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The Brain Wants You To Lighten Up And Get More Creative

The Brain Wants You To Lighten Up And Get More Creative

I see so many parents, coaches and kids stressed out trying stay in the race that doesn’t exist. This phenomenon of athletic scholarship as the Holy Grail is being fueled to a large degree by the tremendous cost of a college education. State schools are running to the tune of about $25,000 a year. Private colleges can cost anywhere from $40,000 to $60,000. When you combine this cost with the additional expense of student loans which we will discuss in a future book more closely you have a recipe for adulting kids, angst, and disaster.

I have talked a lot about the difference between intrinsic and extrinsic motivation for kids. I believe strongly that most kids will benefit from the journey when they are allowed to own their own sports participation.

Now there is scientific evidence to back that up. Once Kaufman and Gergoire say kids play best when they love what they are doing. Their participation must be “emotionally interesting and personally meaningful.” Their theory is that the more you enjoy the work, the more work you will get done.

When you take that a step further as author William S. Burroughs did and cut up random lines from a text and try and create new sentences you see how the brain wants and needs new experiences.  It was called intellectual exploration. Novelist Jack Keraouc is famous for writing about adventure and nonconformity. He wrote the “best teacher is experience.”

Among the big 5 personality traits, openness to experience, conscientiousness, extraversion, agreeableness, and neuroticism, studies say that openness to new experiences is essential in creativity. Making the experience your own is a key component in creative work.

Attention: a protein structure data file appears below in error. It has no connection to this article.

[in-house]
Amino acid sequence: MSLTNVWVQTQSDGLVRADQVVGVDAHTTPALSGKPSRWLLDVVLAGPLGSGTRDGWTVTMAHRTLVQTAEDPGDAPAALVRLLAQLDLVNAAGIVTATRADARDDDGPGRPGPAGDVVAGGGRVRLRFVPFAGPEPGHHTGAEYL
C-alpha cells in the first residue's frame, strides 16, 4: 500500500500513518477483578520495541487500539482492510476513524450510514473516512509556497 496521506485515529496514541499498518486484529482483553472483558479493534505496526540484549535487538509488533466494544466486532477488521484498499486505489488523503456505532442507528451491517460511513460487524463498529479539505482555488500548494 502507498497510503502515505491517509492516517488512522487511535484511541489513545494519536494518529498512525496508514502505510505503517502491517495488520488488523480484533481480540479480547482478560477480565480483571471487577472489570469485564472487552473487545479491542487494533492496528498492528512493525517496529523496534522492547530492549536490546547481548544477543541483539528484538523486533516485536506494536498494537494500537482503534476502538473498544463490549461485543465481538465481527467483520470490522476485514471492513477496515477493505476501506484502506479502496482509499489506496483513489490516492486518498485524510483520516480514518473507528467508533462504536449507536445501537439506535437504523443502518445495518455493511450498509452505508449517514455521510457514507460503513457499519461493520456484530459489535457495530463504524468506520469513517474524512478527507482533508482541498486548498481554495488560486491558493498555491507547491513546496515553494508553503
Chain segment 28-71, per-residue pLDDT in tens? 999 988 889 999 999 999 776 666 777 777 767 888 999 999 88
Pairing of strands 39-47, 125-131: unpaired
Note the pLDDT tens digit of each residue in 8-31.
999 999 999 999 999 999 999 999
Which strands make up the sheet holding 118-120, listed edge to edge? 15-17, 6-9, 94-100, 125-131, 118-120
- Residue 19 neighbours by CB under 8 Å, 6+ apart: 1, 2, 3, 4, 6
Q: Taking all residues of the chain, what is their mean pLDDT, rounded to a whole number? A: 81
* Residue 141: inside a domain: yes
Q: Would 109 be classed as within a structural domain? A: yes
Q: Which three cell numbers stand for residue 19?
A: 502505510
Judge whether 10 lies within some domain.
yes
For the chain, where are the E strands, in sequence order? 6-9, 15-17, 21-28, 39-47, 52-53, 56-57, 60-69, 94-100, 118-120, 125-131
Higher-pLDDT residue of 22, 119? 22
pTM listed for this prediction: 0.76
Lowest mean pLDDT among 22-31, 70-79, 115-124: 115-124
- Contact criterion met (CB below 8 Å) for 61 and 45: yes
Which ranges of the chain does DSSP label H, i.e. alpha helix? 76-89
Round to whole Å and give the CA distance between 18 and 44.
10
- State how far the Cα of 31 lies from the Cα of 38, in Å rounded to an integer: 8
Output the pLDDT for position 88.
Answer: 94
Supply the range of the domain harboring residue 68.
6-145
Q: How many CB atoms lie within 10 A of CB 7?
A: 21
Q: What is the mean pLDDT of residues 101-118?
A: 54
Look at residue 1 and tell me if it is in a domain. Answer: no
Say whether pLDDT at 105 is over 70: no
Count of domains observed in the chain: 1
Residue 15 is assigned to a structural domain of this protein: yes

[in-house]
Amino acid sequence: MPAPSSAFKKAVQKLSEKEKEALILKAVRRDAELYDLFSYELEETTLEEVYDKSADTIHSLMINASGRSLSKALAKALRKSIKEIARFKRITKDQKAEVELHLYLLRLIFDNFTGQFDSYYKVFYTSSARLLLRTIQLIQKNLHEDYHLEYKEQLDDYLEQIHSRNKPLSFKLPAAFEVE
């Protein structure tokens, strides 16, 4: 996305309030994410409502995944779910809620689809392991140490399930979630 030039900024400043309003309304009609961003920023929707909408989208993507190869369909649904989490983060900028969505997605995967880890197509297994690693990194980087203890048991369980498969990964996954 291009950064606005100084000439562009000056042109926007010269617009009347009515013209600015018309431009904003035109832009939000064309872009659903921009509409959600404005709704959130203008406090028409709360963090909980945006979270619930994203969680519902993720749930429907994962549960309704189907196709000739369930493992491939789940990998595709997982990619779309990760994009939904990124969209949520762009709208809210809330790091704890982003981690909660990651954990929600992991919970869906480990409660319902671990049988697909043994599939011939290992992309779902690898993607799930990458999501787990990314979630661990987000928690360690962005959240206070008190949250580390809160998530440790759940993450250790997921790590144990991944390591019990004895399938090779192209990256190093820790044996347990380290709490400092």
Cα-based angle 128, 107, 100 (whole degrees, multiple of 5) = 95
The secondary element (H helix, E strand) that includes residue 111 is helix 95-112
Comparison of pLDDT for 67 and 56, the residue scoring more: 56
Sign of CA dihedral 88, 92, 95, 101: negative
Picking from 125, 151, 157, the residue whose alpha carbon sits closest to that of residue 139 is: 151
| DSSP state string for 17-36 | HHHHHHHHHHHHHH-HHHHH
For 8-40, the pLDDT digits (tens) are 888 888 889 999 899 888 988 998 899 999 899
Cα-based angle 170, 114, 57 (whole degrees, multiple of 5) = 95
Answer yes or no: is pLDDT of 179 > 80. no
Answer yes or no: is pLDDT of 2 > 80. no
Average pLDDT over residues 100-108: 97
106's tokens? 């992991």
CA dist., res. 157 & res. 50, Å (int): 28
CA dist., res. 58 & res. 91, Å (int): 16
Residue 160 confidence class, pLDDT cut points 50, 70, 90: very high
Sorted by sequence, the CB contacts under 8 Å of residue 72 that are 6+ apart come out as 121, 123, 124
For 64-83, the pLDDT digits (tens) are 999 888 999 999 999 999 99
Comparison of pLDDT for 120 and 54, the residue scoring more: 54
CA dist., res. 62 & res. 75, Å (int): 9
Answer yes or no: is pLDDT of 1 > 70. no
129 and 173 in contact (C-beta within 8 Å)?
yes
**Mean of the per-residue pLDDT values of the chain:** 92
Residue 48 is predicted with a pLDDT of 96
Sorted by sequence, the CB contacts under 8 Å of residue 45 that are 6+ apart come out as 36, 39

Now as I like to do, let’s extrapolate this into the classroom and the playing field. Forcing kids to sit in a seat for hours on end and writing or regurgitating information so they can pass attest is actually, scientifically, harmful to them. This process can and does actually make it harder for them to learn the material and then pass the test. Common core be damned!

When you transfer it onto the playing field, where kids’ movement and activity are being controlled by adults for the pursuit of victory, they are actually diminishing the possibility of victory. These kids are either being told what do constantly or are being put in a position where the ones who play are the ones who do the coaches bidding. (Interesting to see the dynamic when the coach and the parent disagree on how, when, and where the player should be used)

I recently was called in to monitor a 6 year old soccer practice and the ensuing game. The coach was a little hesitant at first when I told we would be playing Simon Sez, but she quickly came on board when the kids started to really enjoy doing it.

We explained to her how Simon Sez allows the children to use many of their motor skills. They get to run, stop, turn, strategize and have fun doing it. The clincher was when I whispered to the coach that “for the next one, say Simon Sez chase the coach.” The kids loved it.

Then it happened. I then went to a game. A 32 minute game with 6 year olds had 11 minutes of action. Even worse there were 29 instructions yelled at the children in the first half alone.

When I set up a free play game after with multiple balls one coach went over to the parents and said “I hope none of you get hurt by the kids kicking the balls,” I couldn’t believe it. But it got worse. When I asked her why she did this she said: “I was hired to coach these kids and that is exactly what I am going to do.”

She got fired.

Written by : Jennifer